First up from the God Machine this week is a look at evangelical Republicans and their willingness to tolerate — and possibly even embrace — Newt Gingrich’s presidential campaign.
Of all the GOP presidential candidates, Gingrich would appear to be the one least likely to garner evangelical support. He is, after all, a thrice-married adulterer. There were all kinds of fair jokes this week about Christian conservatives bailing on Herman Cain over his alleged infidelity, only to move to Gingrich, who cheated on at least two of his wives.
But among evangelical Republicans, adultery is a bit like college football — it matters whether you lose, but it matters even more when you lose. Dave Weigel had a good report on evangelicals’ evaluations the other day.
They were accidentally disagreeing with Bob Vander Plaats, chief executive of the FAMiLY Leader. “There’s been a sincere life change for Newt Gingrich,” he says. “Now, if Newt would have had a Road to Des Moines conversion this year, it might be hard to take him seriously. But since four or five years ago, he’s shown a very transparent grace and maturity. He’s been married to Callista for over a decade. He’s healed his relationship with his children.”
What happened with Newt four or five years ago? Knowing this is important to understanding how he’s calmed the various Vander Plaatses of the plains. In March 2007, Gingrich called in to James Dobson’s radio show to atone for his sins. The timing was perfect. Gingrich didn’t end up running for president that year. After 2008, Dobson retreated from the active political role he’d taken in the Bush years.
“It’s a very painful topic and I confess that directly to you,” said Gingrich to Dobson. “There were times when I was praying and when I felt I was doing things that were wrong. But I was still doing them.” He had fallen short of his “own standards.” He had moved on. “I’m not trying to be a leader in the sense of rising above my fellow Americans,” he said, “but I am trying to serve, particularly as a teacher and as a developer of solutions.”
In the years after that, Gingrich wrote two books about “Rediscovering God in America,” and produced two films with that title. He grew deeply involved in the conservative battle to unseat Iowa judges who legalized gay marriage. Gingrich’s network funneled $350,000 into an $850,000 campaign, and the campaign won.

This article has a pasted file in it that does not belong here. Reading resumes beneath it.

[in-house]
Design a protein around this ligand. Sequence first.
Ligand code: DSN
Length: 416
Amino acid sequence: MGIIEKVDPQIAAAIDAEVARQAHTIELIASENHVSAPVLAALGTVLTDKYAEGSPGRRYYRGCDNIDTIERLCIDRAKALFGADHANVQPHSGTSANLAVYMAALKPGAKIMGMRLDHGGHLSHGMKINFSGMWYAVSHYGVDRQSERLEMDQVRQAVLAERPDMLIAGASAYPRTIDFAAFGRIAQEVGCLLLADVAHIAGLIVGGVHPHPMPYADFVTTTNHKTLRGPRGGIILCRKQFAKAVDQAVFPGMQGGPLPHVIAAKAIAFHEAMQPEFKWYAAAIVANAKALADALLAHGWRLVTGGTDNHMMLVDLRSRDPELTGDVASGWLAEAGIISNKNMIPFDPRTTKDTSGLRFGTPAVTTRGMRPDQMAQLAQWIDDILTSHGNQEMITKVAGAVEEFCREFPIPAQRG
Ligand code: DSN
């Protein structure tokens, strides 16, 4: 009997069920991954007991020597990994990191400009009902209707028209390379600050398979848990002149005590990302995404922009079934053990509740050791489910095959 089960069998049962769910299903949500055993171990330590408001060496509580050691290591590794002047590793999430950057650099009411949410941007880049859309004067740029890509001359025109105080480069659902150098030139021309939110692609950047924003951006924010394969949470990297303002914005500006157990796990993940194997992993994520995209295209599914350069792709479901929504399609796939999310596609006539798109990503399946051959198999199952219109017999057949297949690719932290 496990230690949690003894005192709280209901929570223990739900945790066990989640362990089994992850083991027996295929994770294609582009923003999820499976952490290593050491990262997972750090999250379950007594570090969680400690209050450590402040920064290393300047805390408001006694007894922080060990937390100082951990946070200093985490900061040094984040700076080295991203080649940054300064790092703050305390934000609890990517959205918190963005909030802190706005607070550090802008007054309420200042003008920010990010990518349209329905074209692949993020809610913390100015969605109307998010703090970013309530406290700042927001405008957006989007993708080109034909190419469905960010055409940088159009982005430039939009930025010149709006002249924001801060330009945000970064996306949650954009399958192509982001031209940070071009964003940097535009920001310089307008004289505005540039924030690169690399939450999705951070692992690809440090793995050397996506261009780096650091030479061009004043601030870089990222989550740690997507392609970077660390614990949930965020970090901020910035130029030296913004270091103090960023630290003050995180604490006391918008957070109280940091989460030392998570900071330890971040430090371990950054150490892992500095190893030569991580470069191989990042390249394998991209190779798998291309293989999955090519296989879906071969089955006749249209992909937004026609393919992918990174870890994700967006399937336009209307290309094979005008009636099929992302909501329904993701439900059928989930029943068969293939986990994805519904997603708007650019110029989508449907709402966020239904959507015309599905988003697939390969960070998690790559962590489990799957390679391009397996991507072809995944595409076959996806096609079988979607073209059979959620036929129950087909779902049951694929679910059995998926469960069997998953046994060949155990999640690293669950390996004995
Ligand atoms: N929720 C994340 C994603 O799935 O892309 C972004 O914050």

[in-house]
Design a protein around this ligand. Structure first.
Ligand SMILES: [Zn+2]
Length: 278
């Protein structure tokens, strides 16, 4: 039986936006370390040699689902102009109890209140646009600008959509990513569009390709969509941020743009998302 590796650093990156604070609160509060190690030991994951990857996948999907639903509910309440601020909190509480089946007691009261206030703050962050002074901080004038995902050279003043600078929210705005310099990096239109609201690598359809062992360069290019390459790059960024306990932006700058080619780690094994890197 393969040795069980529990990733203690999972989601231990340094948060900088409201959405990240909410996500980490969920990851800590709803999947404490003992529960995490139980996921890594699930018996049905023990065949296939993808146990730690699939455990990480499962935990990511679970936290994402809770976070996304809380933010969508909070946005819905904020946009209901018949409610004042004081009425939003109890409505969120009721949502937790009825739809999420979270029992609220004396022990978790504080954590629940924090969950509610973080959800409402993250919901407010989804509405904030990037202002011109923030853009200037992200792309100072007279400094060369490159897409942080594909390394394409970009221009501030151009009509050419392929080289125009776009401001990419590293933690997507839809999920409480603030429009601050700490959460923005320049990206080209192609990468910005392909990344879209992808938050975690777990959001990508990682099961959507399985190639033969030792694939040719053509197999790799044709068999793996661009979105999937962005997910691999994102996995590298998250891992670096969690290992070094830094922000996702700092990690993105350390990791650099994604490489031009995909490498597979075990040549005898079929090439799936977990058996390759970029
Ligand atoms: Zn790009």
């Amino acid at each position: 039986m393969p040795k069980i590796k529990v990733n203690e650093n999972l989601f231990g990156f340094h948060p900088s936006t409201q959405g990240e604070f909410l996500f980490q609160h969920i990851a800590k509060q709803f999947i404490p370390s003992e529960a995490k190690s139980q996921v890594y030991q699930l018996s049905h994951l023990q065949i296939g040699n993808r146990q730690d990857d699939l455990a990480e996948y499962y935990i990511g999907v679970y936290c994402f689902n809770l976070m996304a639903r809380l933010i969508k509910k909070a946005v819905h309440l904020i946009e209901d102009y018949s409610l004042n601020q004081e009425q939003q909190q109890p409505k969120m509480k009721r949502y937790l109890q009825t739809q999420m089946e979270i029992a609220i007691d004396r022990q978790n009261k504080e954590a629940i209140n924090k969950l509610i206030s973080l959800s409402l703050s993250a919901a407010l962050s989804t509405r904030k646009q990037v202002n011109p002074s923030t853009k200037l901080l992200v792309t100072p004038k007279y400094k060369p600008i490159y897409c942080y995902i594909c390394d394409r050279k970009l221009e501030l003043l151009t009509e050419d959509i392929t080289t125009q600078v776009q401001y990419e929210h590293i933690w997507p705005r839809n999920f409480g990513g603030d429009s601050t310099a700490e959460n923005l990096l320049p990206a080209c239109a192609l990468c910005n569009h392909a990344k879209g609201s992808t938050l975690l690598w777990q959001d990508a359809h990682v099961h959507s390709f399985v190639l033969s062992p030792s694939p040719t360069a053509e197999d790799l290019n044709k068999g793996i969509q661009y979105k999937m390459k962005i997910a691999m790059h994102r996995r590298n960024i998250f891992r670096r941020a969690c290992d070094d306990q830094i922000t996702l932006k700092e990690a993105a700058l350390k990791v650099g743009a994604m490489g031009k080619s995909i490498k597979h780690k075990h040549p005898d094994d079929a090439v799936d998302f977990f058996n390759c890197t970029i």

That’s proving compelling with evangelical leaders, but the rank-and-file may need some additional persuading. Southern Baptist leader Richard Land published an open letter this week, urging Gingrich to give a big speech addressing his “marital past,” acknowledging misdeeds, and asking evangelical voters for their forgiveness.
No word yet on whether Gingrich would be so inclined, but it’s a campaign angle to keep an eye on.
Also from the God Machine this week:
* President Obama was plenty religious at the ceremonial lighting of the National Christmas Tree in Washington this week. Even Fox News didn’t complain.
* The chief exorcist for the Vatican believes practicing yoga is “satanic,” and reading Harry Potter novels “leads to evil.” Good to know. (thanks to R.P. for the tip)
* Televangelist and Texas megachurch leader Joel Osteen is developing a faith-based reality television show. Seriously.
* A Baptist church in Kentucky this week decided it would not accept interracial couples as members. It’s the 21st century. Just thought I’d mention that. [Update: the church is revisiting its decision.]
* And Fox News apparently believes it’s won the “war on Christmas.” Here’s hoping, then, that the network will shut up about it.
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